Okay...I Need a Website, Now What?
Part 2: Software or Web Designer?
In part 1 of this article, we stressed the importance of branding to your business and to your website. This being the case, selecting the right domain name is crucial. Now that is done, it's time to think about how you are going to create your web site. You have several choices, and there are advantages and disadvantages to each.
You can purchase a design software like Microsoft's Frontpage or Macromedia's Dreamweaver and create the website yourself. The advantage to this is that the website is created and updated by you and you have no other cash outlay other than the cost of the software itself.
The disadvantages to this method are many. First is the steep learning curve required to create a website with these software packages. They appear easy, but it takes time to really learn how to use them effectively-so you have to weigh the value of your time while you are learning the software. Although these packages do a respectable job, they do add extra code which can cause your website to appear differently in different browsers if the user does not know how to modify the page at the code level. Another disadvantage is that by going this route, you are missing the expertise of someone who specializes in web design. Web designers take many factors into account: the goal of the site, the time it takes for the website to load on various connections, how the website will look in different web browsers, and usability principles just to name a few. A web designer will also offer you ideas on how to keep people interested in your website and how to draw attention to your website.
Another option, is to hire a web site designer or webmaster. I've mentioned some of the advantages of having a web designer above. Web designers are professionals who live and breathe everything Internet. They have ideas on what features to add to your website so that it will help various aspects of your business. Working with a web designer is a partnership and you must be prepared to spend time with your designer explaining what you want your website to do for you, and your corporate image.
The disadvantage to hiring a website designer is that the project can take several months depending on the web designer's project load and how quickly you can give feedback and content to your designer. The other disadvantage is that the cost of a truly professional web designer can be prohibitive for many start up businesses. However, if you are planning an e-commerce business with a completely integrated shopping cart and payment system, for a beginner to design the site themselves with Frontpage or Dreamweaver would take many months, a lot of trial and error and in many cases knowledge of other programing languages beyond these software programs. In this case hiring a professional web designer would be beneficial as they have done these types of websites before and can get you operational more quickly and avoid many of the e-commerce pitfalls. Even though your startup costs will be more, you will be earning an income quicker and it frees you up to market your site and find suppliers.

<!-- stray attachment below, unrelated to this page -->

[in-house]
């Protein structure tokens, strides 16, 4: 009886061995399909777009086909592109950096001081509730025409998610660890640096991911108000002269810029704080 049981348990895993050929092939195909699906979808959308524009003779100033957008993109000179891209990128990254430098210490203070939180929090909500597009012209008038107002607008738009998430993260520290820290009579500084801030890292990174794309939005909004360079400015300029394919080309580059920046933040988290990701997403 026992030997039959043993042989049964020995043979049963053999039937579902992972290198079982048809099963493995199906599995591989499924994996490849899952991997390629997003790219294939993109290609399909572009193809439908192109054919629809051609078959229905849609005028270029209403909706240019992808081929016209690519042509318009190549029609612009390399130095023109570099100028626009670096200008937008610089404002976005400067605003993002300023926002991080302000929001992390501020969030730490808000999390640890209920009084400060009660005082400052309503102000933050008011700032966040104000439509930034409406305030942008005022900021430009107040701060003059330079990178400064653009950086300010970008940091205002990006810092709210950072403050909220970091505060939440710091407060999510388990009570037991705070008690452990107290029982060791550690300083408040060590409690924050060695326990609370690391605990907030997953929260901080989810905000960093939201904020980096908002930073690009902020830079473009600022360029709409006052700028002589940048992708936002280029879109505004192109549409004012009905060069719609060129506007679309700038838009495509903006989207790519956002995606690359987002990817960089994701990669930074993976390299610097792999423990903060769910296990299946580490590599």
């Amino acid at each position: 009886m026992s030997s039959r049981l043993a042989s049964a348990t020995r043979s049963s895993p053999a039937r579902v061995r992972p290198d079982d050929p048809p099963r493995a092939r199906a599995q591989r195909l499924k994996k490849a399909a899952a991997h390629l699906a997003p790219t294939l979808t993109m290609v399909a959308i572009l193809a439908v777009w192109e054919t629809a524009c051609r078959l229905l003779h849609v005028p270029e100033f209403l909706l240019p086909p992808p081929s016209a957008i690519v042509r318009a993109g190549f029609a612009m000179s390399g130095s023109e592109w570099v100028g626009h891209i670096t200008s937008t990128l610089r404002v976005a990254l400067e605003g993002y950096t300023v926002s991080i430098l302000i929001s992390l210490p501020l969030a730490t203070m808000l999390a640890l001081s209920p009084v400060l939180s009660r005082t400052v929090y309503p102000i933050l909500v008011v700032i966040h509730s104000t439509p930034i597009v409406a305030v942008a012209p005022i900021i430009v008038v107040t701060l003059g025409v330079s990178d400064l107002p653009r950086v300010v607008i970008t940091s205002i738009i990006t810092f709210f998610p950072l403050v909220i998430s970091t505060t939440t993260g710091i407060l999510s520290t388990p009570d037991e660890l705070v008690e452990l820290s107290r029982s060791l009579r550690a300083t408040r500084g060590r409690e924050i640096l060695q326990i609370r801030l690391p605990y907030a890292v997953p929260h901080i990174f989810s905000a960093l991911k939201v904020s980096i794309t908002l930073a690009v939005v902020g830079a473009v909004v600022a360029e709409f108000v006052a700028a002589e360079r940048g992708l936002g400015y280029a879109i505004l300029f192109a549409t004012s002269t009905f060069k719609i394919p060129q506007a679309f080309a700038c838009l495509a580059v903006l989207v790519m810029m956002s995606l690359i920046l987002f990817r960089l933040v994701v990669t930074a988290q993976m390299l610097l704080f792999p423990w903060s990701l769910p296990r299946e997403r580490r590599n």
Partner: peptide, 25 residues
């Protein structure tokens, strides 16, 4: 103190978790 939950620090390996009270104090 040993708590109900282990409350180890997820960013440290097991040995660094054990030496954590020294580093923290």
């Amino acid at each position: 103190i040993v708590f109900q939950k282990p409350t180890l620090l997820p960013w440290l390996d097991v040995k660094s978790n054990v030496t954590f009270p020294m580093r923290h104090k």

The third option is a combination of the two. By using a build your own website service, like Simple Site, you can have a professional layout and navigation system to your website without paying a professional designer; you have the control to add and remove your content as often as you wish; and, most of these services are available for a reasonable monthly fee which makes them affordable for everyone. More importantly, you can have basic website up and running within a few hours, then expand on it as time permits.
The disadvantage to this method is that you are limited to the features, layouts and colors that the service you choose offers. You also do not have access to the personalized knowledge of a web designer who can help you develop ideas for you website.
This is a critical decision in the process of creating your website. Take into consideration the amount of time you have to spend on the project, how much money you have to spend on the project and the role you want your website to play in your particular business.
Now that you have decided how you are going to build your website, the next step is to decide what information you are going to put on your website. This is discussed in Okay...So I Need a Website, Now What? Part 3: What should be on my website? Coming Soon!
InfoClear Internet Consulting